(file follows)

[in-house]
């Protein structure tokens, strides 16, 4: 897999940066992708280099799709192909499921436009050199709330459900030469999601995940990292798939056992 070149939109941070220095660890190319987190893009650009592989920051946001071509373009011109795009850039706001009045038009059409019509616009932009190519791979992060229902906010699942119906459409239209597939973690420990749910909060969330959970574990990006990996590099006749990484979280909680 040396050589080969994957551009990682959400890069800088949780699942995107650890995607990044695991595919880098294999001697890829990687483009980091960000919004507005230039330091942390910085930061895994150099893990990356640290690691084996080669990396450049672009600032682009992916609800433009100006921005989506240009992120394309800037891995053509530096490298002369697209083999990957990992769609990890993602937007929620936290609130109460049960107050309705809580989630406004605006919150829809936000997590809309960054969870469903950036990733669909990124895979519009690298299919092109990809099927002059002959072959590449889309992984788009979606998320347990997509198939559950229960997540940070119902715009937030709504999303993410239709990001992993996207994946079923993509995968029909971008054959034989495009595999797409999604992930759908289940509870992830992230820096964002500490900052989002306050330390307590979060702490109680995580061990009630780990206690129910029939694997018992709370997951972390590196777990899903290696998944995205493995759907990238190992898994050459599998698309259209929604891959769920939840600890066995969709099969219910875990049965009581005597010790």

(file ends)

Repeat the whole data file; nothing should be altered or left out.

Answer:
[in-house]
């Protein structure tokens, strides 16, 4: 897999940066992708280099799709192909499921436009050199709330459900030469999601995940990292798939056992 070149939109941070220095660890190319987190893009650009592989920051946001071509373009011109795009850039706001009045038009059409019509616009932009190519791979992060229902906010699942119906459409239209597939973690420990749910909060969330959970574990990006990996590099006749990484979280909680 040396050589080969994957551009990682959400890069800088949780699942995107650890995607990044695991595919880098294999001697890829990687483009980091960000919004507005230039330091942390910085930061895994150099893990990356640290690691084996080669990396450049672009600032682009992916609800433009100006921005989506240009992120394309800037891995053509530096490298002369697209083999990957990992769609990890993602937007929620936290609130109460049960107050309705809580989630406004605006919150829809936000997590809309960054969870469903950036990733669909990124895979519009690298299919092109990809099927002059002959072959590449889309992984788009979606998320347990997509198939559950229960997540940070119902715009937030709504999303993410239709990001992993996207994946079923993509995968029909971008054959034989495009595999797409999604992930759908289940509870992830992230820096964002500490900052989002306050330390307590979060702490109680995580061990009630780990206690129910029939694997018992709370997951972390590196777990899903290696998944995205493995759907990238190992898994050459599998698309259209929604891959769920939840600890066995969709099969219910875990049965009581005597010790």